I’m Obsessed With Weaving

I think the title says it all, but I am truly madly deeply in love with weaving (but not that Savage Garden song. Okay, maybe a little). I’ve been weaving like nobody’s business. I even signed myself up for a weaving challenge on Instagram (follow The Weaving Kind on Instagram if you want to participate. Or just follow them, they post beautiful weavings).

When I first started knitting, I really loved chunky yarns and pretty much wanted to buy them all. But I’m not so much in to knitted things using chunky yarns. I mean, I do like them, but I definitely prefer little dainty stitches. Anyway, I’ve discovered that I love love love weaving using chunky yarns. And even more, I love throwing in really, really chunky roving to add some textural interest. Anyway, I thought I would share my most recent weaving, which I am absolutely over the moon about – it is hands down my favorite weaving to date.

Chunky Wool Wall Weaving

This one was woven using an extremely chunky yarn (same used for fringe) and then natural undyed roving of the exact same color. The funnest part was twisting and pulling the roving to give it that cloud look. And this weaving is so unbelievably soft. Clearly I am most drawn to natural colors for my weavings, but I have been doing some experimenting with more colorful weavings (I’ll share those another time). I’m pretty much counting down the minutes until I can start another weaving.

Speaking of challenges, the fabric for my April/May Wardrobe Architect Challenge should arrive this week. Yes, I haven’t even started that project yet. I’m excited to get back to my sewing machine for a me-project, but I do wish I were an octopus that could sew, knit, and weave at the same time. And a clone for gardening? That would work!

What I’m Growing: Prairie Crocus

Spring seems to really have arrived this week – things are greening up nicely and the trees are getting their baby leaves. And one of my favorite early perennials, the prairie crocus, has made an appearance! The prairie crocus has many names: pasque flower, prairie anemone, prairie smoke, wind flower, and I’m sure I’ve missed others. It is always the second flower to appear in my garden (the small crocuses I included in a post a couple of weeks ago are always the first). I made it a point to plant my prairie crocuses in my front yard, close to the public sidewalk so that I would see them every time I came home, and also so that passerbys could enjoy a bit of early spring color.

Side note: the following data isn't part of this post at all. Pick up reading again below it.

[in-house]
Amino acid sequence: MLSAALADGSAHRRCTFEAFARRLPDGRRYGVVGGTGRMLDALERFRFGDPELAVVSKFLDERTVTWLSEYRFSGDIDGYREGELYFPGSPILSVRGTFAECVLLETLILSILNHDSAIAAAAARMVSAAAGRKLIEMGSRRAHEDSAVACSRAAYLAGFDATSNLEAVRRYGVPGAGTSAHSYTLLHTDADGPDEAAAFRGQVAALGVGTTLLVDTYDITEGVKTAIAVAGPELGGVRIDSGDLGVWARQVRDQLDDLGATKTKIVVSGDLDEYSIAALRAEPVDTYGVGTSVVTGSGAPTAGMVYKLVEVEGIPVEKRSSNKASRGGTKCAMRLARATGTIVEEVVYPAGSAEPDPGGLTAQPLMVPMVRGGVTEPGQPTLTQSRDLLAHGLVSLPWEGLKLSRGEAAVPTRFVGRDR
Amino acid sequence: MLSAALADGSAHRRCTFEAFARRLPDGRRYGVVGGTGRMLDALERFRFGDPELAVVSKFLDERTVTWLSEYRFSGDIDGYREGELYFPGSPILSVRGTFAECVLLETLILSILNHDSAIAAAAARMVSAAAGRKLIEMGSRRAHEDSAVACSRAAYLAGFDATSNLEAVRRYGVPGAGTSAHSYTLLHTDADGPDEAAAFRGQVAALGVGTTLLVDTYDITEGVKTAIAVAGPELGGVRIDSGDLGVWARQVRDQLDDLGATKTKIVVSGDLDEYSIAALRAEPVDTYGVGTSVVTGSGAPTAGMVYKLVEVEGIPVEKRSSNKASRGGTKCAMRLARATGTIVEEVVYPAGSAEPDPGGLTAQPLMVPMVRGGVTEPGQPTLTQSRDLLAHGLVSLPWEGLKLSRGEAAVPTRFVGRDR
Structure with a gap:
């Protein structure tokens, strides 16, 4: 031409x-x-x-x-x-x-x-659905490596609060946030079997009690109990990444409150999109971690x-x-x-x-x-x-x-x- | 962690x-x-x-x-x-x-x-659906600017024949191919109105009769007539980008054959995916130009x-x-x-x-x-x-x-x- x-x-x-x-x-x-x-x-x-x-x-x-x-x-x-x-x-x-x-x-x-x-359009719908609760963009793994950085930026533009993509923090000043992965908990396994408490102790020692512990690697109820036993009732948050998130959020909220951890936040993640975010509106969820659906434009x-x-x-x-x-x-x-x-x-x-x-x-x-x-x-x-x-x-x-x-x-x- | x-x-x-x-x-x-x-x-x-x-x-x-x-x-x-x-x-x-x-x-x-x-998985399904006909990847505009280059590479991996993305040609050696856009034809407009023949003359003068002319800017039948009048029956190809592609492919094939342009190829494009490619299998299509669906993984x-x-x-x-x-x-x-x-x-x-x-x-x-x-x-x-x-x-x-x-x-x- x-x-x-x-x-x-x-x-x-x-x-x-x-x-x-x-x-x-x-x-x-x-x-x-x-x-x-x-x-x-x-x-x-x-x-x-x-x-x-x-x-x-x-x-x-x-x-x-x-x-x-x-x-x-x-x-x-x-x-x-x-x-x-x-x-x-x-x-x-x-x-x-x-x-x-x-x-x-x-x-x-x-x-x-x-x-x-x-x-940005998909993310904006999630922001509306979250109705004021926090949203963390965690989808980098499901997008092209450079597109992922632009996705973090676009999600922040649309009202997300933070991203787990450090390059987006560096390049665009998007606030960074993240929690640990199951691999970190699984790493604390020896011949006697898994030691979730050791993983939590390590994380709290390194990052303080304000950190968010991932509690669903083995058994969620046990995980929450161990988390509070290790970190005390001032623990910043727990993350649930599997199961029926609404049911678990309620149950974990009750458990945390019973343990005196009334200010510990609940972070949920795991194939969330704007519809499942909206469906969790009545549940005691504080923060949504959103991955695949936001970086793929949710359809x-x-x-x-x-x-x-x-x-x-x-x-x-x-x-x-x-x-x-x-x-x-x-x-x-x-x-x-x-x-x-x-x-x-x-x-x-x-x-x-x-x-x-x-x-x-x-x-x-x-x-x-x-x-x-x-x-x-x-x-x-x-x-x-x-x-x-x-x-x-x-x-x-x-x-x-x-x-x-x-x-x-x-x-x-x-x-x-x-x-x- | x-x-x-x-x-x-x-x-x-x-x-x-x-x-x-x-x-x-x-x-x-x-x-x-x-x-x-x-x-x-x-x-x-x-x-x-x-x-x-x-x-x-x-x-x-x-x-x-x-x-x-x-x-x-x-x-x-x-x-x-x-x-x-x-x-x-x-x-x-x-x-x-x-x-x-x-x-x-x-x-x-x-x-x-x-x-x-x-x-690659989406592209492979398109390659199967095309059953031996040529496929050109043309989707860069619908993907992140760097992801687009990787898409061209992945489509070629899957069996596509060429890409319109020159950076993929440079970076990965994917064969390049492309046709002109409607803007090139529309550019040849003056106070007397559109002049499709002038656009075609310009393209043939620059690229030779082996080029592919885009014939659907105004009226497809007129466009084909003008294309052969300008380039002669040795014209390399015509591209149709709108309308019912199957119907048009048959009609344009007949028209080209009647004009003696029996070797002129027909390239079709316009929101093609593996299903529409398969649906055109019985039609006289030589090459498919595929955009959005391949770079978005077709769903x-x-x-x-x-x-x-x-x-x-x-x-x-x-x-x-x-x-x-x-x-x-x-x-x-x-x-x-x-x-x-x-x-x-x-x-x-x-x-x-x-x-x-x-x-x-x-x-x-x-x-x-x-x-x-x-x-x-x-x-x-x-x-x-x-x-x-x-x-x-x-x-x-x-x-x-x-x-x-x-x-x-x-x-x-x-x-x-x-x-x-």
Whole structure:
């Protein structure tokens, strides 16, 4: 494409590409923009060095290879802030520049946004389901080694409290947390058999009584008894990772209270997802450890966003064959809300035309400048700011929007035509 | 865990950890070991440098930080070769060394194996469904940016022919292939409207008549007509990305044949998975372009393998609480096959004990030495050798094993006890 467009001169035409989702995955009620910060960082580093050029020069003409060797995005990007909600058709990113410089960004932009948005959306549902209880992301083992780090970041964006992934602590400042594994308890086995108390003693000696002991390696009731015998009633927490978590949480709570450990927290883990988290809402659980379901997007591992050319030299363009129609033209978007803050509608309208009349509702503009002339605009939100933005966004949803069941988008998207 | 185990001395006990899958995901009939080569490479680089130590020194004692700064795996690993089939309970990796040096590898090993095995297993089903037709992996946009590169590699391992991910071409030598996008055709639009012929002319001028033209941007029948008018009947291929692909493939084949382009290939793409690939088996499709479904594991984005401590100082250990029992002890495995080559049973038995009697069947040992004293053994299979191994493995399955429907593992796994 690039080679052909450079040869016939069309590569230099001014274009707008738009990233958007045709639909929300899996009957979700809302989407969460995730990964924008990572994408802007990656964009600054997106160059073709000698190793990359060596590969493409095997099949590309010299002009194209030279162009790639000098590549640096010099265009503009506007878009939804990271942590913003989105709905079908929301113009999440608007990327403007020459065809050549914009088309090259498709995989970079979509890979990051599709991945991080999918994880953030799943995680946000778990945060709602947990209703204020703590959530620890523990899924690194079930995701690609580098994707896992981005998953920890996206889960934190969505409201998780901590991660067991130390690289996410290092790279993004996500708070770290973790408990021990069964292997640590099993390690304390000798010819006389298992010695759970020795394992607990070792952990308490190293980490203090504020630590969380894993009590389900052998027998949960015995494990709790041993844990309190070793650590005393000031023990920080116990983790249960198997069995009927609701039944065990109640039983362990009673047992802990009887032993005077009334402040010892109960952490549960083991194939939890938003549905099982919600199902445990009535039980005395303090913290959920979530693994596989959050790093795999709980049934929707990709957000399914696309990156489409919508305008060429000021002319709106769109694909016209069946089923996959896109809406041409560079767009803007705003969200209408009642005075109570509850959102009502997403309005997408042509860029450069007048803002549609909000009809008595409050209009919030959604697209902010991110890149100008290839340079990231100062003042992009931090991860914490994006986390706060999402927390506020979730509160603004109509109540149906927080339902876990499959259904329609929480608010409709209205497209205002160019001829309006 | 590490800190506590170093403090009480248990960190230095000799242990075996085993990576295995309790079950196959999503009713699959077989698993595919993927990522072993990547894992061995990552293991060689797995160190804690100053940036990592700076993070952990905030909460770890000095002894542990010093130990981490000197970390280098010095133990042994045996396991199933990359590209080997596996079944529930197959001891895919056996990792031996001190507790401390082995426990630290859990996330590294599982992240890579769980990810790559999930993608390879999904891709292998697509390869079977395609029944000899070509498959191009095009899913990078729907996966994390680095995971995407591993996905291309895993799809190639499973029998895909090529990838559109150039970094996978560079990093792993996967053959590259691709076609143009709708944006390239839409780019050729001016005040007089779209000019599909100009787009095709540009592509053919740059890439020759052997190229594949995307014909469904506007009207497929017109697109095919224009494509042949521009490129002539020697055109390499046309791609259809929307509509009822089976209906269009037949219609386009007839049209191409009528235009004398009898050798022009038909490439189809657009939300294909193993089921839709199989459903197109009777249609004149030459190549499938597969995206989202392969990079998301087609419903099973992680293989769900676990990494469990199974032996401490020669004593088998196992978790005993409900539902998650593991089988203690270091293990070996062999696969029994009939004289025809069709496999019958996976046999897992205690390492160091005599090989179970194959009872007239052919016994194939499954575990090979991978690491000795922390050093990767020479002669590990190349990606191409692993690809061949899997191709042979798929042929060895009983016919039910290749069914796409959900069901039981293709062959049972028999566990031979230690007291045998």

Prairie Crocus Pasque Flower

Prairie crocuses are actually a native plant in my area because I live in (you guess it), the prairies. But they are also native to the rest of Alberta, including the woodland areas, mostly in sandy soil (I grew up in the woodlands, near the Sandhills, so these flowers have always been familiar to me).

It seems silly that this plant would be called a crocus because it actually isn’t in the crocus family at all. It is an anemone. Of course, this won’t stop me from calling it a prairie crocus. But it does make you wonder how it got the name – I read that settlers referred to it as a crocus as it reminded them of the early crocuses back in Europe.

Apparently the plant is also quite poisonous if consumed, although I have read that parts of it were once used to make concoctions that would remedy muscle pains. In addition to this, parts of the plant (I’m unsure which parts) were also used to stop nosebleeds and draw out infection in cuts and boils.

I think my favorite thing about the prairie crocus is that it is a cute little plant with ferny leaves and flowers covered in these tiny silver hairs. The leaves don’t show much of their faces until the flowers are spent, but the flowers turn into starburst-like seedheads, which I really love. The plant itself is a stumpy guy and stays fairly compact – mine haven’t spread at all and don’t get much taller than 6-8 inches. Although, I have noticed a few new plants popping up at work in the garden, presumably from seed that was blown by the wind, but those beds are barely mulched, so I can see how they would spread in that situation.

These plants are also very drought tolerant, making them perfect for sunny, hot beds. The photo above is from my garden, but the photo below is from the dry bed at work where these flowers have spread quite a bit. I couldn’t help snap a photo of them early one morning this week.

Prairie Crocus Pasque Flower

I purchased my plants from a local garden centre, but I’ve read that they are easy to start from seed. Don’t take these plants from the wild though as they will not grow back – but feel free to take some seed if you do see those in the wild.

Seeing these flowers appear has made me so excited for the rest of my perennials to start blooming – next will be the double flowering plum and my tulips. Unfortunately I heard a rumor that it is supposed to snow some time over this weekend but I’m hoping that is a lie. Regardless, I am planning on throwing in my lettuce, spinach, radish and pea seeds. Sometimes you just need to ignore the snow and do what you’re gonna do.